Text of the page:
Is a private 501.c3 athletic department even in the business of academics, or is that the responsibility of the public university that spun off the athletic department?

    “Academic fraud” sounds more like another ill defined term, like “paper classes,” “sham classes,” but I just don’t know.

    But I respect you and figure you probably do.

  • @justanotherfan said:

    Since the game was vacated, Memphis could have asked for that money back anyway.

    I believe I follow what you are trying to say here.

    They could have asked, but would he have had to give it back?

    For example, you or I could have asked him to give it back, but under the circumstances he would have had no reason to do so.

    So: if Memphis had asked, would there have been significant probability that Calipari would have had to have given the money back, since he was reputedly found by the NCAA not to have known about what happened, nor to have been responsible for committing the action that resulted in his unwitting playing of ineligible players?

    I haven’t a clue on this.

    I suppose I can hypothesize why Cal might have given the money back. Hypothetically speaking, perhaps he was already into a much better situation after his move to UK, and he probably did not need the money, given his hefty new contract. And giving the money back perhaps helped him put distance between himself and Memphis and so focus on his new job.

    But I just can’t say if he would have had to give it back had Memphis tried to force him to.

    Do you understand the situation well enough to say?

  • @jaybate-1.0 : I’ll answer one of your questions… Academic fraud is illegal if you’re paid to teach a class and never actually teach a class. NY Times: A’s for athletes, but charges of Tar Heel fraud Of course charges were dropped once he signed on to spill the beans.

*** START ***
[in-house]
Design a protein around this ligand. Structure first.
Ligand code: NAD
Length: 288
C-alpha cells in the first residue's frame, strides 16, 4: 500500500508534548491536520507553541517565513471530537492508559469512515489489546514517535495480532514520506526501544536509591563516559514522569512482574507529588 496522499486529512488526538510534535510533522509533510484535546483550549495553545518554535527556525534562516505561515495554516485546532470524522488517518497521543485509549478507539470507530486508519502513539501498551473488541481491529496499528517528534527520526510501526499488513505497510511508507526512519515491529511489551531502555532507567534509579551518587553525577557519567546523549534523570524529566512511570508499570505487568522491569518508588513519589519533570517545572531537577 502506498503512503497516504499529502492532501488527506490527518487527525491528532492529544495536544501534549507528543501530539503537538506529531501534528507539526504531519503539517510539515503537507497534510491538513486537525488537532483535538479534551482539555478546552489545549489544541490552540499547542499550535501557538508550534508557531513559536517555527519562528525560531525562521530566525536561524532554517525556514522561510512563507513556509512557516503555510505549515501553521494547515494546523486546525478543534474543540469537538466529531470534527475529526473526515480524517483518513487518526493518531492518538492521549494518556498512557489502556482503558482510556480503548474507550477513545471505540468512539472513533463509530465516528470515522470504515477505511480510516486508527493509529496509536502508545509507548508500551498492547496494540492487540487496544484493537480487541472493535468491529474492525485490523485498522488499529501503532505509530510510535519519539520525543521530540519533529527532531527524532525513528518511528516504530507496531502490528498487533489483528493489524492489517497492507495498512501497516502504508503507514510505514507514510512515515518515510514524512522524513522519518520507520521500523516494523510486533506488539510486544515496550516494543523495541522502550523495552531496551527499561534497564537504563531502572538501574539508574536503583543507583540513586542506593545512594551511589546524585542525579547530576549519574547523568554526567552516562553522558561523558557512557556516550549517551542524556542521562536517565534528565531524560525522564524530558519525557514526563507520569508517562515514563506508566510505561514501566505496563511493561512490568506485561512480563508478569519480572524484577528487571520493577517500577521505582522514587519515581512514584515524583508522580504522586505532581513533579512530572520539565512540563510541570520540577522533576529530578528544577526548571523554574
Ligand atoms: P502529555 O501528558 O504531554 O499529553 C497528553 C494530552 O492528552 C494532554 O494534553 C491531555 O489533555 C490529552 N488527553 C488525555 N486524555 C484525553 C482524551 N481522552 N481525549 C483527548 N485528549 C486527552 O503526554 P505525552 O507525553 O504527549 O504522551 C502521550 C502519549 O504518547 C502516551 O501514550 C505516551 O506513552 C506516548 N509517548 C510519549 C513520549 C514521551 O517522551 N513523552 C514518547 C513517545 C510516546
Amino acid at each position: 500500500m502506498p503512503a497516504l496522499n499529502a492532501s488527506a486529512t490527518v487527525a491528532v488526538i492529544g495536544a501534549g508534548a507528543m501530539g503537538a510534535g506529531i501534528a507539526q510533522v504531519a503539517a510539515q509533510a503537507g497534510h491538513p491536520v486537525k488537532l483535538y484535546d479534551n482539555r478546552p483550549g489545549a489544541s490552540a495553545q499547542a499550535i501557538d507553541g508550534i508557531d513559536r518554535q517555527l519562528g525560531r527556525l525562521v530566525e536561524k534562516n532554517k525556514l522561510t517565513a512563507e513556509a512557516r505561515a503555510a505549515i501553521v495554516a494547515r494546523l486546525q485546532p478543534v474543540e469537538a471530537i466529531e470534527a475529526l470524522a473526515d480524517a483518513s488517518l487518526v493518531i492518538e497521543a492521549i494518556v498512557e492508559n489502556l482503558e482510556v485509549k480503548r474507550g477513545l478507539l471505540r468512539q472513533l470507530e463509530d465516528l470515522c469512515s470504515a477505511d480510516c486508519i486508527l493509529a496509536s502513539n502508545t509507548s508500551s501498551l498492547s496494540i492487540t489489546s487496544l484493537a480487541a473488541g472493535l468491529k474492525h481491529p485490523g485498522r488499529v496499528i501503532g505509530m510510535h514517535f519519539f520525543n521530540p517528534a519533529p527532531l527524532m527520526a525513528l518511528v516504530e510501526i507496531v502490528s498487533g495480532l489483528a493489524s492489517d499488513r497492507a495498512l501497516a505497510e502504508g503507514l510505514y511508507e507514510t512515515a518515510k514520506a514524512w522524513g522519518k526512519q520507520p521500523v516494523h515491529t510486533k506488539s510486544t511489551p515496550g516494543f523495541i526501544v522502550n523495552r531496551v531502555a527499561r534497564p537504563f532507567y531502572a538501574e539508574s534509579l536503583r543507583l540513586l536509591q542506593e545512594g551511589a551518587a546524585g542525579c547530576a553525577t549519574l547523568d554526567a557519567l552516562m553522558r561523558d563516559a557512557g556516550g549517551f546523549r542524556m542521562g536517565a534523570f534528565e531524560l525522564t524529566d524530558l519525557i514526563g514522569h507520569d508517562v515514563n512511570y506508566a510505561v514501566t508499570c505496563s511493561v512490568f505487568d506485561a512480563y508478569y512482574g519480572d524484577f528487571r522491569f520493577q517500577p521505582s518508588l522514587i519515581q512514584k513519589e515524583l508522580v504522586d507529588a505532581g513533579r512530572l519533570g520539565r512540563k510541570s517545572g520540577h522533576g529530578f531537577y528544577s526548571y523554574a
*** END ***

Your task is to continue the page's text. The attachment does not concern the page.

And I guess if you want answers to all of your questions it would be best for you to contact a local university’s compliance office. I’m sure they’d be happy to help you out with your questions.

  • @jaybate-1.0

    Academic fraud (or misconduct, or dishonesty) is defined in basically every school’s academic honor code or student conduct policy. Simply put, it’s cheating in class.

    Academic fraud is just like changing a grade on a paper, or cheating on a test.

    My issue is not with UNC enrolling players in “paper” classes. There are some classes that require only a written assignment that are among the most challenging at any school. The issue here is whether that work was evaluated for the grade and, further, whether students were turning in plagiarized work. If, as Tydreke Powell says “everybody knew” then this is ugly for all involved. UNC may as well have just been running a pro team.

    Again, I can’t say who knew what, and when it was known, but if knowledge is linked to any of the coaches, I could definitely see them being issued show cause orders as a result.

    As for the statute of limitations, I don’t think the NCAA has one for enforcement. I doubt UNC can take away any degrees at this point, especially if their professors were the ones in on the scheme, because it would go beyond just athletes - you would have to take away the degree of anyone that enrolled in any of those classes, or require them to make up those credits.

    I don’t think you get sent to jail for any of this, but it can definitely get you kicked out of school. I sat on the student conduct panel when I was in school. We heard a couple of cases where plagiarism was alleged. The ultimate penalty for that was expulsion, although none of the cases my panel heard wound up resulting in expulsion.

    However, it gets complicated if there is scholarship or grant money involved, because now the fraud has a financial element and there is a loss or deprivation involved. But that’s an issue for another day.

  • “Academic fraud” amongst students is one thing… when it is allegedly conducted through the university it is something totally different.

    This is a case for the justice department because the level of crime creates victims widespread. Potentially every graduate of UNC will have their diploma potentially discredited to some degree, and the damage could extend beyond that because it raises general academic integrity issues on a broader scale.

    In the example above I listed a lawsuit brought from Memphis ticket holders who were suing Calipari and Rose for a loss in value… imagine the student body of UNC over 18 years bringing a class action suit because of a loss in value of their diplomas? I know if I was a UNC grad I would almost feel an obligation to be a part of that suit.

    I think someone needs to go to prison!